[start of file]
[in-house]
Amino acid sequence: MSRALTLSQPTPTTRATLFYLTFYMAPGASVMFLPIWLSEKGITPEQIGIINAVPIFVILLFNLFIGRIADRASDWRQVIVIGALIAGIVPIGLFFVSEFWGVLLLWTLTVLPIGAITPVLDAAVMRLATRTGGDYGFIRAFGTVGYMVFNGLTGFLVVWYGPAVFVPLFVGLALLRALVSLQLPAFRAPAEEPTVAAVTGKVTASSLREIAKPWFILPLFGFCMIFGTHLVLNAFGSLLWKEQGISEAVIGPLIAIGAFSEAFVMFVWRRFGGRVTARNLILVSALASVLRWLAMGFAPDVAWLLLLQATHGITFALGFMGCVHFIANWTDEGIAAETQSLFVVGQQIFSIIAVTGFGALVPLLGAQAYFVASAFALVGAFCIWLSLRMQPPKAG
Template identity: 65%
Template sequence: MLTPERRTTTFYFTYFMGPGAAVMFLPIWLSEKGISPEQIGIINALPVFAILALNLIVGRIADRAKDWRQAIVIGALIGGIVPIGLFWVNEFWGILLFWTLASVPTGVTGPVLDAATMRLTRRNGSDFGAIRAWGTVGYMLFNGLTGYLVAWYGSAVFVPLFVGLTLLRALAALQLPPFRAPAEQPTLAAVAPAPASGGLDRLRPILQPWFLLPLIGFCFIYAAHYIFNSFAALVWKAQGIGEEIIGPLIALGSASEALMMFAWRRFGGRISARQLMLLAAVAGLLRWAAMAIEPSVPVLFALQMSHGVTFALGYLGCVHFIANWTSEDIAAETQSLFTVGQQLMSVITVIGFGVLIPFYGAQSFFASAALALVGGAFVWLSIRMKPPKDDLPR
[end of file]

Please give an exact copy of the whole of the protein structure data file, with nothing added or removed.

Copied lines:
[in-house]
Amino acid sequence: MSRALTLSQPTPTTRATLFYLTFYMAPGASVMFLPIWLSEKGITPEQIGIINAVPIFVILLFNLFIGRIADRASDWRQVIVIGALIAGIVPIGLFFVSEFWGVLLLWTLTVLPIGAITPVLDAAVMRLATRTGGDYGFIRAFGTVGYMVFNGLTGFLVVWYGPAVFVPLFVGLALLRALVSLQLPAFRAPAEEPTVAAVTGKVTASSLREIAKPWFILPLFGFCMIFGTHLVLNAFGSLLWKEQGISEAVIGPLIAIGAFSEAFVMFVWRRFGGRVTARNLILVSALASVLRWLAMGFAPDVAWLLLLQATHGITFALGFMGCVHFIANWTDEGIAAETQSLFVVGQQIFSIIAVTGFGALVPLLGAQAYFVASAFALVGAFCIWLSLRMQPPKAG
Template identity: 65%
Template sequence: MLTPERRTTTFYFTYFMGPGAAVMFLPIWLSEKGISPEQIGIINALPVFAILALNLIVGRIADRAKDWRQAIVIGALIGGIVPIGLFWVNEFWGILLFWTLASVPTGVTGPVLDAATMRLTRRNGSDFGAIRAWGTVGYMLFNGLTGYLVAWYGSAVFVPLFVGLTLLRALAALQLPPFRAPAEQPTLAAVAPAPASGGLDRLRPILQPWFLLPLIGFCFIYAAHYIFNSFAALVWKAQGIGEEIIGPLIALGSASEALMMFAWRRFGGRISARQLMLLAAVAGLLRWAAMAIEPSVPVLFALQMSHGVTFALGYLGCVHFIANWTSEDIAAETQSLFTVGQQLMSVITVIGFGVLIPFYGAQSFFASAALALVGGAFVWLSIRMKPPKDDLPR